Is Your Network Secure?

From sending email to opening a file, connecting to Wi-Fi to browsing the web, critical business data on your network must be protected. There are dozens of opportunities to protect your network from unwanted access, but here we’d like to share some of the simplest and most effective network security strategies. Is your network secure?

● Are passwords robust? Make sure passwords are eight characters in length or more, and include at least one upper- and one lower-case letter, a number, and a special character. Avoid actual words and letter substitutes—hacking software is sophisticated enough to recognize when you use “$” instead of “S”.

● Are passwords changed regularly? The longer a password exists, the more vulnerable it is. Tired of managing dozens of passwords that change all the time? Consider an enterprise password management service application, so you’ll only need to remember one.

● Are all inactive accounts disabled? Every account is a door that can be breached, so don’t delay—each individual account should be disabled as soon as an employee leaves.

● Is your data regularly backed up offsite? Whether in another office or with a cloud-based server, make sure your data is recoverable even if your office is lost to a fire or disaster.

● Does every computer and mobile device have antivirus software installed? Don’t be a sitting duck for spyware, ransomware, viruses, and other malware. Ensure every piece of hardware in your network has active, up-to-date antivirus software installed. Also, don’t wait to update! It is crucial that all of your devices are running the latest version of antivirus software available to ensure the security of your data.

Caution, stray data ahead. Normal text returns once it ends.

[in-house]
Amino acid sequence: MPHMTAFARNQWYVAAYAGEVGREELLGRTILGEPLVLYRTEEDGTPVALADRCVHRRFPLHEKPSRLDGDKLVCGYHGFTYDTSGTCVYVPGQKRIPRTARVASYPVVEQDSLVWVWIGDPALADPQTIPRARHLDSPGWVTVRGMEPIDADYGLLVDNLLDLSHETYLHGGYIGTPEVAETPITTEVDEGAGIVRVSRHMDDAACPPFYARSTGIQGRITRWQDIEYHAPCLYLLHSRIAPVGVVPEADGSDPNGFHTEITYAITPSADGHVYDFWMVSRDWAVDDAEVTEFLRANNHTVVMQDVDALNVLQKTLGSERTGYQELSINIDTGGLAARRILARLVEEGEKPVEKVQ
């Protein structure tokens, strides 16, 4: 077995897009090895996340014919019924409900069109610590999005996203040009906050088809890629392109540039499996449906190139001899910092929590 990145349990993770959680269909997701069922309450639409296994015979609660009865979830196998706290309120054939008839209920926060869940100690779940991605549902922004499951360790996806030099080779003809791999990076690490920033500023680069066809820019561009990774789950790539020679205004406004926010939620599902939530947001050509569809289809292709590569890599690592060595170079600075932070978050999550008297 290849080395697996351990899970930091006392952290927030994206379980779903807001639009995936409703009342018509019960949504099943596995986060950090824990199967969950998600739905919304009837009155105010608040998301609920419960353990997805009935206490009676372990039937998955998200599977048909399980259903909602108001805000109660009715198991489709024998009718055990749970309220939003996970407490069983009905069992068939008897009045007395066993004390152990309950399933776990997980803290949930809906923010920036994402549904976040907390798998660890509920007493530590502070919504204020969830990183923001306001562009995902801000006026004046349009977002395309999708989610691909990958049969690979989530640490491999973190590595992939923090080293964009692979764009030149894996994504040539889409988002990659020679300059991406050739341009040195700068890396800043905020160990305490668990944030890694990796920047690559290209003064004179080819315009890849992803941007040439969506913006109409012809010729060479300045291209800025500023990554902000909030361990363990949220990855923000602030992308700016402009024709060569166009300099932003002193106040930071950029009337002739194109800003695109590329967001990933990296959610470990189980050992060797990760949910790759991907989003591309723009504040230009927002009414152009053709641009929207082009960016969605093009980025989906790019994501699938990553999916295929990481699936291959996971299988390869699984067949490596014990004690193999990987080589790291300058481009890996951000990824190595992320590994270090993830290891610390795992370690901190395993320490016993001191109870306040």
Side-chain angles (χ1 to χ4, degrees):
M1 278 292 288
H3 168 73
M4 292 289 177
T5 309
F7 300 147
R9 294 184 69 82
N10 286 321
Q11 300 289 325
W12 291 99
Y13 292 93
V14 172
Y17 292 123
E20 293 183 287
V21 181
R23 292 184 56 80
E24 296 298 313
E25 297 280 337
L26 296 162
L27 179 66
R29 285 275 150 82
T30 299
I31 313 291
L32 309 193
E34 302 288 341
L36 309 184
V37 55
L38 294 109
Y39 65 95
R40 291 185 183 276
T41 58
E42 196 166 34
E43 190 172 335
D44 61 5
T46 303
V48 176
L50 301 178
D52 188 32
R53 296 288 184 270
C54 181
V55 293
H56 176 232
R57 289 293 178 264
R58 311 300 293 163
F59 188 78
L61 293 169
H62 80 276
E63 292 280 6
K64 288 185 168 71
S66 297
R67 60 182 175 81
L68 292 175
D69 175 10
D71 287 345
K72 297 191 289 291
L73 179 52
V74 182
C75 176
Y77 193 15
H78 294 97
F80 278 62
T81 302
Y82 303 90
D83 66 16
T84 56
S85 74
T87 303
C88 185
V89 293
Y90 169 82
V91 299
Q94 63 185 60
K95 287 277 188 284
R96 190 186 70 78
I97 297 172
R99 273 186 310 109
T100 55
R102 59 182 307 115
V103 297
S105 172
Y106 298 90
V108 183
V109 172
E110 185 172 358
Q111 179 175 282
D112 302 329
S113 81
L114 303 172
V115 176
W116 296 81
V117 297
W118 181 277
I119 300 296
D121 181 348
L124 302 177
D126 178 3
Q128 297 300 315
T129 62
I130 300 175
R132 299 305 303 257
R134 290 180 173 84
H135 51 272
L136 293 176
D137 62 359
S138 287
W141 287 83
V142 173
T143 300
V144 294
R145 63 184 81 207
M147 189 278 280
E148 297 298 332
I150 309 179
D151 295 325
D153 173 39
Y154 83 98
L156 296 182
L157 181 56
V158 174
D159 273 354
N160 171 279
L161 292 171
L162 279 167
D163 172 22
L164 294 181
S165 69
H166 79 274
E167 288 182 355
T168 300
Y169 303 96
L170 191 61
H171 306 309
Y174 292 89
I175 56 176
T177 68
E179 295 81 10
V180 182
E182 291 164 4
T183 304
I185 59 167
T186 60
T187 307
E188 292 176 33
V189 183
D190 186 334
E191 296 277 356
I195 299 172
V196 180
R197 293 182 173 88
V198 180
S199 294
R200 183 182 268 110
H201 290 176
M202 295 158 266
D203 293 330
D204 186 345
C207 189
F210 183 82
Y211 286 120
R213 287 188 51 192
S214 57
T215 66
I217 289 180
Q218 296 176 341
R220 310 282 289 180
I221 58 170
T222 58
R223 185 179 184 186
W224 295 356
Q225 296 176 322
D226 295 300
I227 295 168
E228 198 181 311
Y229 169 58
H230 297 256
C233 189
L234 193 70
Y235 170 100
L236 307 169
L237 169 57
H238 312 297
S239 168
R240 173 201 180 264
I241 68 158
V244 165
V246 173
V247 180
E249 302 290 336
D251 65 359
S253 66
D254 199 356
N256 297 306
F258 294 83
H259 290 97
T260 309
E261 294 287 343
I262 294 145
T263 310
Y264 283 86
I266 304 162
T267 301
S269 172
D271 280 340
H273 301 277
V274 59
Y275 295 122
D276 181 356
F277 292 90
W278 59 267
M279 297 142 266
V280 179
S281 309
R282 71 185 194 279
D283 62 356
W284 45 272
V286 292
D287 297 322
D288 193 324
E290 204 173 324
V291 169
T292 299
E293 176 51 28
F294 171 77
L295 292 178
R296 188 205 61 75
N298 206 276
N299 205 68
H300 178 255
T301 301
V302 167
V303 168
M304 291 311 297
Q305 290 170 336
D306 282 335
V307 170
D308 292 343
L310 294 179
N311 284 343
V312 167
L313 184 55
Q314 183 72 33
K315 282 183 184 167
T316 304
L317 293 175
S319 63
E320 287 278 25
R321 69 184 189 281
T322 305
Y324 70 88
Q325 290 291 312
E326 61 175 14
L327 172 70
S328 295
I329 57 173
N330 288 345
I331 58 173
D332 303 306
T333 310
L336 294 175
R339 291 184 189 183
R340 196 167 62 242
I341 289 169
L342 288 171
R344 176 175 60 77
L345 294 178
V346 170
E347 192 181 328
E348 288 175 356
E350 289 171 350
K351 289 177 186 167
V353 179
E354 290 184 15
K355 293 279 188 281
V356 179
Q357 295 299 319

● Do you use WPA2 encryption? Short for “Wi-Fi Protected Access 2,” WPA2 encryption ensures that your Wi-Fi connection is secure. So, don’t leave your virtual front door open. WPA2 authentication is easy to set up and simple to comply with.

● Is your equipment physically secured? Don’t leave your physical doors open, either. Store critical hardware in a locked room with limited accessibility. A data thief doesn’t need to worry about hacking the network if they can walk in and physically remove the device they want to access.

If you answered “No” to any of these questions, you have work to do. Take these few simple steps and get your network secure and your data protected.

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